A tractor that ‘learns’ repetitive field tasks and repeats them without an operator is one of several intelligent technologies being developed by the power transmissions and control specialist ZF.
The German supplier of powershift and CVT transmissions, axles and other powertrain components to tractor manufacturers Worldwide is developing new digital technologies with the help of Lindner in Austria.
The partners’ first working prototype can follow a lead tractor to the field and then operate autonomously once it has been driven through the required working routine.
Other technologies provide steering guidance via sensors that recognise the edge of a crop or a swath, and all-round surveillance with an automatic ‘stop’ if a security zone around the tractor is breached.
The ‘Follow Me’ feature enables a driverless tractor to a follow a driven tractor to the field.
“Our prototype shows how the agricultural sector can benefit from the automotive megatrends of connectivity, artificial intelligence and automation,” says Mark Mohr, head of the Automated Operations project centre at ZF.
The experimental work is based on a 102hp Lintrac 90 equipped with a ZF Terramatic TMT09 continuously variable transmission and Lindner’s optional 4-wheel steering.
Initiating the ‘Follow Me’ feature is done simply using a mobile device app.
A GNSS satellite guidance system connected to the steering, hydraulics and transmission make it possible to automate various functions, which are set up and monitored via a mobile device app.
Lidar and radar sensor cameras
For safety, signals from lidar and radar sensor cameras are processed by ZF’s ProAI control platform, developed with IT-specialist Nvidia and capable of deep learning, to give the tractor a 360° ‘view’ with person recognition.
In a forage harvesting scenario filmed by the partners, one operator drives a mowing tractor to the field with a tedding tractor following automatically behind.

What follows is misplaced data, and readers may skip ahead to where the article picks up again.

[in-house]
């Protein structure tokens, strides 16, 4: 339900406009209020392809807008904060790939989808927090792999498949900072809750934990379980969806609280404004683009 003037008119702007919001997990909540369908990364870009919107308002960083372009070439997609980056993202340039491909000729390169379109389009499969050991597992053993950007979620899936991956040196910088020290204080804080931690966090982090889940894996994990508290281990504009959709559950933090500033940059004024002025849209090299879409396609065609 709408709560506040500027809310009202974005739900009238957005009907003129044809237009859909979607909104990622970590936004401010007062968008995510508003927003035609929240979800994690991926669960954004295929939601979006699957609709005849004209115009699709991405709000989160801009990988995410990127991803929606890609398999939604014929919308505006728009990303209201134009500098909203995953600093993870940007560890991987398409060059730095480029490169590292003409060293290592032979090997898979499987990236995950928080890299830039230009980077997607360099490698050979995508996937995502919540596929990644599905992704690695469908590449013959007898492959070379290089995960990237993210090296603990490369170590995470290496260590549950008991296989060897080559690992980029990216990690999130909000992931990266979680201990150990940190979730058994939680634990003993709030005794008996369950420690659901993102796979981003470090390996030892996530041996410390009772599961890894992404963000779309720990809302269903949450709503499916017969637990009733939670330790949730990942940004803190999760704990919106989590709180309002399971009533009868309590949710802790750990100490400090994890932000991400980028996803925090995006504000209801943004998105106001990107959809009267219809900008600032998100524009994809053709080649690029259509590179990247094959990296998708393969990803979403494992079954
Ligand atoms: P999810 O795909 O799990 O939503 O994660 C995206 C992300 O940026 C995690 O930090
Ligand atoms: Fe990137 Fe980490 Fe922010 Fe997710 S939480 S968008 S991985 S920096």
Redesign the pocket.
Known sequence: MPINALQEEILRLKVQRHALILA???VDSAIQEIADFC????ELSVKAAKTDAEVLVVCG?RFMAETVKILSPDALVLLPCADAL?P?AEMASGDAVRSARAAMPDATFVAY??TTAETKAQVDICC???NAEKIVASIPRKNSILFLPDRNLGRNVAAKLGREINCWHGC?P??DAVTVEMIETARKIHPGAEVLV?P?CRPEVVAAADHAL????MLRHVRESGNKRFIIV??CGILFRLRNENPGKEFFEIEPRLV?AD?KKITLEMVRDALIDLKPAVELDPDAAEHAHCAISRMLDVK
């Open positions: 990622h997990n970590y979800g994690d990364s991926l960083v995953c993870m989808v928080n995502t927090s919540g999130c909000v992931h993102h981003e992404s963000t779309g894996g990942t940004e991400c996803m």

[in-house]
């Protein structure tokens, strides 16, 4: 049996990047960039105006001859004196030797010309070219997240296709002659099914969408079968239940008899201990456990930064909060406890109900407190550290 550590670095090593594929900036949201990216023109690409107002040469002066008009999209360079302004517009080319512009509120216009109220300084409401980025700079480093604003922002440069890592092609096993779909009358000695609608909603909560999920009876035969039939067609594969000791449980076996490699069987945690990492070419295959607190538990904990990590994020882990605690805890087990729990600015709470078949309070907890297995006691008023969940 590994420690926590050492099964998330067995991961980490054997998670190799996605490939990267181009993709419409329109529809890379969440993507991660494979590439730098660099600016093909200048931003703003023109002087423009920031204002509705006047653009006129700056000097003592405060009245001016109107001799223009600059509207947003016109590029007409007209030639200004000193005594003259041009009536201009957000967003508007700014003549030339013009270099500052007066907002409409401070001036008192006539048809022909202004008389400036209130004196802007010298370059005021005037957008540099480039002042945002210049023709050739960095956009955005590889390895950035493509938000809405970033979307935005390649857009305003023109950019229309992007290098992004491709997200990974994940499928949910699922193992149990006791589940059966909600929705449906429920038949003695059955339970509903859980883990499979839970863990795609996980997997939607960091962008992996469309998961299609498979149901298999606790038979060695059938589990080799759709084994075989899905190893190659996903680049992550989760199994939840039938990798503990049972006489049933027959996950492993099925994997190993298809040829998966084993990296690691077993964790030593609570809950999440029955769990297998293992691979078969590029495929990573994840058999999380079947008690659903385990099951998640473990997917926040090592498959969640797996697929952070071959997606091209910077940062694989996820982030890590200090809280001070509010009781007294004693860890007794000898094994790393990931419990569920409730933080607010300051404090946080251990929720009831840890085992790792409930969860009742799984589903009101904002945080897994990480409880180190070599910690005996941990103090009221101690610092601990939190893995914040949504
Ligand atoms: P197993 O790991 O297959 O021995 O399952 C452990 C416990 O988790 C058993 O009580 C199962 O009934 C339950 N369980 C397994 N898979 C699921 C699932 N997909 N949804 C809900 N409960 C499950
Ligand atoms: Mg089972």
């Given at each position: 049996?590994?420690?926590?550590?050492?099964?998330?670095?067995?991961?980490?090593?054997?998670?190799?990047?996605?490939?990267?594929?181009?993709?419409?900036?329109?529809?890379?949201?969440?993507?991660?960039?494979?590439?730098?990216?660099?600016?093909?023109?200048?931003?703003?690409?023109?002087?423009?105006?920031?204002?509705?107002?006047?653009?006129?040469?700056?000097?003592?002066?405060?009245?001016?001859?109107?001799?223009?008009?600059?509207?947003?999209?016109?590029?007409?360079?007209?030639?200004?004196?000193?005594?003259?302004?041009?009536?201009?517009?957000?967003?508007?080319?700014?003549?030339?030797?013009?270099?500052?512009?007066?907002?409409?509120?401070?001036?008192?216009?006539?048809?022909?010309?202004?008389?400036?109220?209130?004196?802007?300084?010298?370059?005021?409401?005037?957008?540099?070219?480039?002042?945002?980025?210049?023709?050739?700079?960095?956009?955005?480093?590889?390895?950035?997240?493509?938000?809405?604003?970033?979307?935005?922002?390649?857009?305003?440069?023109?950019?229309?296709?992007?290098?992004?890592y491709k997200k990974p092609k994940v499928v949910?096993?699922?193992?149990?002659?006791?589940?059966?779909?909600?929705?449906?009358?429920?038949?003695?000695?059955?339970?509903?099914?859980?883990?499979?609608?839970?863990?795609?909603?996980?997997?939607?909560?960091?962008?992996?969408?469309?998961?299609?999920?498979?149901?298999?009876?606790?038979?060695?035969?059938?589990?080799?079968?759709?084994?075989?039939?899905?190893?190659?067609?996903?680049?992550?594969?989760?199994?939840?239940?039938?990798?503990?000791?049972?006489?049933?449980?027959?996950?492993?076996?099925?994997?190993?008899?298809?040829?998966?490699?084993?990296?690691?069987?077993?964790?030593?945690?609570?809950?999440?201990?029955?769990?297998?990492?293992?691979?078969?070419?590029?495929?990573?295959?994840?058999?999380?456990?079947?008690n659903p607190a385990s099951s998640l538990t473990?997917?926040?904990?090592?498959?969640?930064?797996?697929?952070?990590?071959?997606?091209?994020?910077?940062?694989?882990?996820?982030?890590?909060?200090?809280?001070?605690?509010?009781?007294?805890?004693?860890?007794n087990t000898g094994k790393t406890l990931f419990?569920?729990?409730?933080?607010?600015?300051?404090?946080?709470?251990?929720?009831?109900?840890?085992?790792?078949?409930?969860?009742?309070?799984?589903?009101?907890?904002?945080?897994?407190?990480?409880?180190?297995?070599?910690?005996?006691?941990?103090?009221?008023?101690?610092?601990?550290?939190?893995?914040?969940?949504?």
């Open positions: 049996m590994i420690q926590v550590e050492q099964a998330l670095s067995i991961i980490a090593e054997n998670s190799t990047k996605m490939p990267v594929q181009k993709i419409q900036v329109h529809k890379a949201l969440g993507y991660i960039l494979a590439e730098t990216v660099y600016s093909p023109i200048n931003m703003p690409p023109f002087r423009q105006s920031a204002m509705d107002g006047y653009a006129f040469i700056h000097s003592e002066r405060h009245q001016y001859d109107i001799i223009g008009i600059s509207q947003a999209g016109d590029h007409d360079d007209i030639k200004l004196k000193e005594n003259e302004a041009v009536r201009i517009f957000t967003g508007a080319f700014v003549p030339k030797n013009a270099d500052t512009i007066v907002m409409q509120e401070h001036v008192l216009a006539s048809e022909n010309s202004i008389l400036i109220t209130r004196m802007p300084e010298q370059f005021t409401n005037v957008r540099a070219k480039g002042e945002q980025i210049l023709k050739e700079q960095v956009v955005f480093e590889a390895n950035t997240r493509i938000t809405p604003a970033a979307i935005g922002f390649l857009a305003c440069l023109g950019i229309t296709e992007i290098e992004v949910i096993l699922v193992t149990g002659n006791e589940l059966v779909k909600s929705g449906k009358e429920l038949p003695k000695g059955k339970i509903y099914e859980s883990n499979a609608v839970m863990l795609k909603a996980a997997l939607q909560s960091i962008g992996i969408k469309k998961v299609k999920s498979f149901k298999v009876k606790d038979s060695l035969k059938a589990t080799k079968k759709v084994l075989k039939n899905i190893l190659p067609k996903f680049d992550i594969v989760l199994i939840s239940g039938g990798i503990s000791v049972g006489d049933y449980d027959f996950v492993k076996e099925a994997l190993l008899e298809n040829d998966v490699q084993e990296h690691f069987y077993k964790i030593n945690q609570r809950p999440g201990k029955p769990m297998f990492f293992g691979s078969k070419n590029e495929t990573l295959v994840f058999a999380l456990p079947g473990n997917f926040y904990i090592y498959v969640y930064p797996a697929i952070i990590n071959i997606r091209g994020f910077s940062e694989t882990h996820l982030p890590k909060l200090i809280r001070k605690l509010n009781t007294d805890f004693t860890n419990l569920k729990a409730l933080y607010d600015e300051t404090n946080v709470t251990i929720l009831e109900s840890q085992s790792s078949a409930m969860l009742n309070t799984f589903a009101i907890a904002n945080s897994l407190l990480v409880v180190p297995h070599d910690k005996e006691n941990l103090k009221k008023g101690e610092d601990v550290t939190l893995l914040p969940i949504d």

Another app records a single driven field operation – such as mowing or tedding grass – which is then ‘pasted’ into the tractor’s control system.
After opening up the crop with the help of the steering sensor guidance, the operator completes a round with the tedding tractor, which can then continue working on its own, starting at a pre-scheduled time if necessary.
“The technology contained in this concept tractor opens the door to many innovative features,” says Mark Mohr. “For example, with the aid of low energy Bluetooth tags from the ZF Openmatics telematics platform, the tractor is able to recognise which implement is mounted on the front and rear linkage.”
The tractor can then repeat the operation, if necessary starting at a time scheduled by the operator.
Lindner is already promoting the system as TracLink Pilot; managing director Hermann Lindner says it will be possible to retro-fit the technologies to the Lintrac 90 and new 113hp Lintrac 110 tractors once legislation permits them.
ZF’s Mark Mohr agrees that small farms with limited labour resources such as those supplied by Lindner will benefit from the concept tractor’s features.
Look, no Hans! Driverless technologies being developed by ZF and Lindner could be exploited on farms with few workers to increase productivity.
But he anticipates the technology being especially relevant to large farming operations in North and South America, Russia and other countries where fields cover many hundreds of acres and there is potential for significant labour and cost savings from autonomous vehicle operation.